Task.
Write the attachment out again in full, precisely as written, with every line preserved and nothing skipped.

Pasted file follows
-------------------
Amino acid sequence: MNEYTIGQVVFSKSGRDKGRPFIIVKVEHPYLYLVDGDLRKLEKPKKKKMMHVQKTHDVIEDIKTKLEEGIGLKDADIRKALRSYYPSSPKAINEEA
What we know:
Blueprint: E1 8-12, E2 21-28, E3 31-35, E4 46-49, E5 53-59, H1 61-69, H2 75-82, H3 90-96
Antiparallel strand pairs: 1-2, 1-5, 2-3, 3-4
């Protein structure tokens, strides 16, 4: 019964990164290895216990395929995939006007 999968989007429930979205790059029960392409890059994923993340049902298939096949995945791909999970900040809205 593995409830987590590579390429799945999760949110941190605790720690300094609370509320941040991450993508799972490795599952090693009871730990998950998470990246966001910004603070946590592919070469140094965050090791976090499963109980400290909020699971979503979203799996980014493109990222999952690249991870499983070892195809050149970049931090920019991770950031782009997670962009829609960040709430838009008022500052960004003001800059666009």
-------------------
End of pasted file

Amino acid sequence: MNEYTIGQVVFSKSGRDKGRPFIIVKVEHPYLYLVDGDLRKLEKPKKKKMMHVQKTHDVIEDIKTKLEEGIGLKDADIRKALRSYYPSSPKAINEEA
What we know:
Blueprint: E1 8-12, E2 21-28, E3 31-35, E4 46-49, E5 53-59, H1 61-69, H2 75-82, H3 90-96
Antiparallel strand pairs: 1-2, 1-5, 2-3, 3-4
């Protein structure tokens, strides 16, 4: 019964990164290895216990395929995939006007 999968989007429930979205790059029960392409890059994923993340049902298939096949995945791909999970900040809205 593995409830987590590579390429799945999760949110941190605790720690300094609370509320941040991450993508799972490795599952090693009871730990998950998470990246966001910004603070946590592919070469140094965050090791976090499963109980400290909020699971979503979203799996980014493109990222999952690249991870499983070892195809050149970049931090920019991770950031782009997670962009829609960040709430838009008022500052960004003001800059666009």